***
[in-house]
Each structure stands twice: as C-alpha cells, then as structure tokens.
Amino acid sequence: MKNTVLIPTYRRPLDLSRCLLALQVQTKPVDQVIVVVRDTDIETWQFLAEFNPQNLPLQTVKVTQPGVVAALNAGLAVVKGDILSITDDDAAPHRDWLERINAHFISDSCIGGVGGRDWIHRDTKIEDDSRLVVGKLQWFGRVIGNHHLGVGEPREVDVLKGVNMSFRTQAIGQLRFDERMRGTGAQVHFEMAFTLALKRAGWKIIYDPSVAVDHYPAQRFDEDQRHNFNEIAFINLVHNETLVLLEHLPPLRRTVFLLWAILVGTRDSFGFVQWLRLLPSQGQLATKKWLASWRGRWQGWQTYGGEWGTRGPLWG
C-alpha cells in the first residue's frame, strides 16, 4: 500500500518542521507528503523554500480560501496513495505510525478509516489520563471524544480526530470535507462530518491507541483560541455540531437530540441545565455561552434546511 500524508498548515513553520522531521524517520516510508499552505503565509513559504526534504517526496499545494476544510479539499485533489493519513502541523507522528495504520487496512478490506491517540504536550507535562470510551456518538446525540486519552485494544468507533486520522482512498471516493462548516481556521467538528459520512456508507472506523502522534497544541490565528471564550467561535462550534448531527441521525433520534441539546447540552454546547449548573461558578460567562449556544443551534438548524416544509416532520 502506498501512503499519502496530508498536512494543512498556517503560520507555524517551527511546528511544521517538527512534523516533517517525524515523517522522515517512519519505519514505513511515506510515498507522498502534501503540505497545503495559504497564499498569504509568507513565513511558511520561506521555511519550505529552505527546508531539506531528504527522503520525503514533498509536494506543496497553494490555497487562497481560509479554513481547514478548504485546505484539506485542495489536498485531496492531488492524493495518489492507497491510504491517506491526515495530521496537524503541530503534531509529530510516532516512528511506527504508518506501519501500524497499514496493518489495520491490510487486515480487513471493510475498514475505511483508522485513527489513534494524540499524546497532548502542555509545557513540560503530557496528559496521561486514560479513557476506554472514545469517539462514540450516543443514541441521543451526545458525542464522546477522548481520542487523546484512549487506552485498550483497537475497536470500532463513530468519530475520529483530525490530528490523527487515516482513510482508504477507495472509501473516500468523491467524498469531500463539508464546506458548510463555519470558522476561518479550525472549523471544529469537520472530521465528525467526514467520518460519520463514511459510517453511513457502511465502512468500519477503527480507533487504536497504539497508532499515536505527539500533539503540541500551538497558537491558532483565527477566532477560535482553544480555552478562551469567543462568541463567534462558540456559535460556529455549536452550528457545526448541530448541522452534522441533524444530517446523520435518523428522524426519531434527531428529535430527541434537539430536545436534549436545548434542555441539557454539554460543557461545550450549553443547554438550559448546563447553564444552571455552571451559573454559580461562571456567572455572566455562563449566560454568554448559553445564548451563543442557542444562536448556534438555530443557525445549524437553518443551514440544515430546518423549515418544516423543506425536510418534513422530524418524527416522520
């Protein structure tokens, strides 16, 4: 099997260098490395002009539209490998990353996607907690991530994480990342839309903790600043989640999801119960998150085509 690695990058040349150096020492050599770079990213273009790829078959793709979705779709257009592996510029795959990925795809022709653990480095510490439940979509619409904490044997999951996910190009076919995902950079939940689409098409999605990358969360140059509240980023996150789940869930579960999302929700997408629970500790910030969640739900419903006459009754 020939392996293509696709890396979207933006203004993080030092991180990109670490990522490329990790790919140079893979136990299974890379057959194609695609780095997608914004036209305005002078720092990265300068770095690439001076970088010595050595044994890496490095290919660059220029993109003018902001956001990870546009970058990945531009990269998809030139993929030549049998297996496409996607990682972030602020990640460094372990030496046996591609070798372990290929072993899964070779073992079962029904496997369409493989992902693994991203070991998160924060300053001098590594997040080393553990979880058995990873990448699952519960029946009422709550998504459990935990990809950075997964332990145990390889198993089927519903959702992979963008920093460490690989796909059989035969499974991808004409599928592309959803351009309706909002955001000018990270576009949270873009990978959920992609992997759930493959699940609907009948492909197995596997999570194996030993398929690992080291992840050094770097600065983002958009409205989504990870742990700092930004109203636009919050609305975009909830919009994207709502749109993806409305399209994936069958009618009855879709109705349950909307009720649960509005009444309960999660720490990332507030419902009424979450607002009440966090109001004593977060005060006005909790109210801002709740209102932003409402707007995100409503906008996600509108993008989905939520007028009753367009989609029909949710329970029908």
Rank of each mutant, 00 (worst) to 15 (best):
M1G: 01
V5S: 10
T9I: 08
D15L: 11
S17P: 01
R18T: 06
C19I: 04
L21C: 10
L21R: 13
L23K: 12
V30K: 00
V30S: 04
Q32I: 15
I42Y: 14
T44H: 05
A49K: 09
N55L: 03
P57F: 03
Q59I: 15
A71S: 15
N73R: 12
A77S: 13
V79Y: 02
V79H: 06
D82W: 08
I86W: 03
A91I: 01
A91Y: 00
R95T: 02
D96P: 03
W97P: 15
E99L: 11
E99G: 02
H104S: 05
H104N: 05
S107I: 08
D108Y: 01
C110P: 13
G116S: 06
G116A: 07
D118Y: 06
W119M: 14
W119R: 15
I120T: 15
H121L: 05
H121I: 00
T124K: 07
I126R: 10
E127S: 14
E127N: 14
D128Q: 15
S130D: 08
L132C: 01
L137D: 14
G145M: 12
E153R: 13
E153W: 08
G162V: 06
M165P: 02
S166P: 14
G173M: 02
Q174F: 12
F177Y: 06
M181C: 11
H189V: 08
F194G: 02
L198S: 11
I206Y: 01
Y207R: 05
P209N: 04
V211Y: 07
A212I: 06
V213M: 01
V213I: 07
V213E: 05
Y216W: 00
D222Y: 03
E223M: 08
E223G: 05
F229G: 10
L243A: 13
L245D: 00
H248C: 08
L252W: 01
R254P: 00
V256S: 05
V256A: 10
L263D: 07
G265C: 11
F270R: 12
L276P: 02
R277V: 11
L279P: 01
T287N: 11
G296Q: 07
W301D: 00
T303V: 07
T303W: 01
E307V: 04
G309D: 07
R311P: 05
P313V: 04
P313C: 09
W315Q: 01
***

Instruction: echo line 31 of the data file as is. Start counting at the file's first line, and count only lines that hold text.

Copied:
D82W: 08